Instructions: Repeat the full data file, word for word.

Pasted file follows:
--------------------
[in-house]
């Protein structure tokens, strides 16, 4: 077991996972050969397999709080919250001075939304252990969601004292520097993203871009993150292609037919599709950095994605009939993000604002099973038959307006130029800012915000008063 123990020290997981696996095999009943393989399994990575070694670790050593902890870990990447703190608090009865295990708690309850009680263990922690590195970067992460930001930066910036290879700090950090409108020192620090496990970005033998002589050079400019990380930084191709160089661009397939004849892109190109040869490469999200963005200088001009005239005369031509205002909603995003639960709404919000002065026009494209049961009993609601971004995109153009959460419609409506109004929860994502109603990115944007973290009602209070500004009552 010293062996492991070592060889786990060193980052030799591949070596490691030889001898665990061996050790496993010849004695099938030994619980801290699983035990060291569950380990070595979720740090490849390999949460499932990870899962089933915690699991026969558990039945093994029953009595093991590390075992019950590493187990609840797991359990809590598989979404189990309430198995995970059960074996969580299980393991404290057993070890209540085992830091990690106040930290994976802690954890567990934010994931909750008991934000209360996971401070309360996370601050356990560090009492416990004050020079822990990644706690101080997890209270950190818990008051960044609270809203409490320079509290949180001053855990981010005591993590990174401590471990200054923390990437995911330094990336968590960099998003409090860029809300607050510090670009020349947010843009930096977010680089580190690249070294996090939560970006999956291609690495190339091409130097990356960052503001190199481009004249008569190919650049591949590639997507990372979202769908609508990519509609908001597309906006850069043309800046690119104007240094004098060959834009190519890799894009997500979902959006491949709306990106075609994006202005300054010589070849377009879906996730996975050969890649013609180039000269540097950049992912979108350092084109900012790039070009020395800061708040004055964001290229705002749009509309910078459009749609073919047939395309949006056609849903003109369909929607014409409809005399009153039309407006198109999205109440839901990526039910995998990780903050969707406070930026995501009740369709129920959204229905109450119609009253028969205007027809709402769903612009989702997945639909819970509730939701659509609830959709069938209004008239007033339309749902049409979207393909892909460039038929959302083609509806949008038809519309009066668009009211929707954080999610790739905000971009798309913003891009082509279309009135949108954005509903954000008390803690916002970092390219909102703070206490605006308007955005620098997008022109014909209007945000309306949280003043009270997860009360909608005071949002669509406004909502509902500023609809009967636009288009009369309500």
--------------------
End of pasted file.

[in-house]
């Protein structure tokens, strides 16, 4: 077991996972050969397999709080919250001075939304252990969601004292520097993203871009993150292609037919599709950095994605009939993000604002099973038959307006130029800012915000008063 123990020290997981696996095999009943393989399994990575070694670790050593902890870990990447703190608090009865295990708690309850009680263990922690590195970067992460930001930066910036290879700090950090409108020192620090496990970005033998002589050079400019990380930084191709160089661009397939004849892109190109040869490469999200963005200088001009005239005369031509205002909603995003639960709404919000002065026009494209049961009993609601971004995109153009959460419609409506109004929860994502109603990115944007973290009602209070500004009552 010293062996492991070592060889786990060193980052030799591949070596490691030889001898665990061996050790496993010849004695099938030994619980801290699983035990060291569950380990070595979720740090490849390999949460499932990870899962089933915690699991026969558990039945093994029953009595093991590390075992019950590493187990609840797991359990809590598989979404189990309430198995995970059960074996969580299980393991404290057993070890209540085992830091990690106040930290994976802690954890567990934010994931909750008991934000209360996971401070309360996370601050356990560090009492416990004050020079822990990644706690101080997890209270950190818990008051960044609270809203409490320079509290949180001053855990981010005591993590990174401590471990200054923390990437995911330094990336968590960099998003409090860029809300607050510090670009020349947010843009930096977010680089580190690249070294996090939560970006999956291609690495190339091409130097990356960052503001190199481009004249008569190919650049591949590639997507990372979202769908609508990519509609908001597309906006850069043309800046690119104007240094004098060959834009190519890799894009997500979902959006491949709306990106075609994006202005300054010589070849377009879906996730996975050969890649013609180039000269540097950049992912979108350092084109900012790039070009020395800061708040004055964001290229705002749009509309910078459009749609073919047939395309949006056609849903003109369909929607014409409809005399009153039309407006198109999205109440839901990526039910995998990780903050969707406070930026995501009740369709129920959204229905109450119609009253028969205007027809709402769903612009989702997945639909819970509730939701659509609830959709069938209004008239007033339309749902049409979207393909892909460039038929959302083609509806949008038809519309009066668009009211929707954080999610790739905000971009798309913003891009082509279309009135949108954005509903954000008390803690916002970092390219909102703070206490605006308007955005620098997008022109014909209007945000309306949280003043009270997860009360909608005071949002669509406004909502509902500023609809009967636009288009009369309500």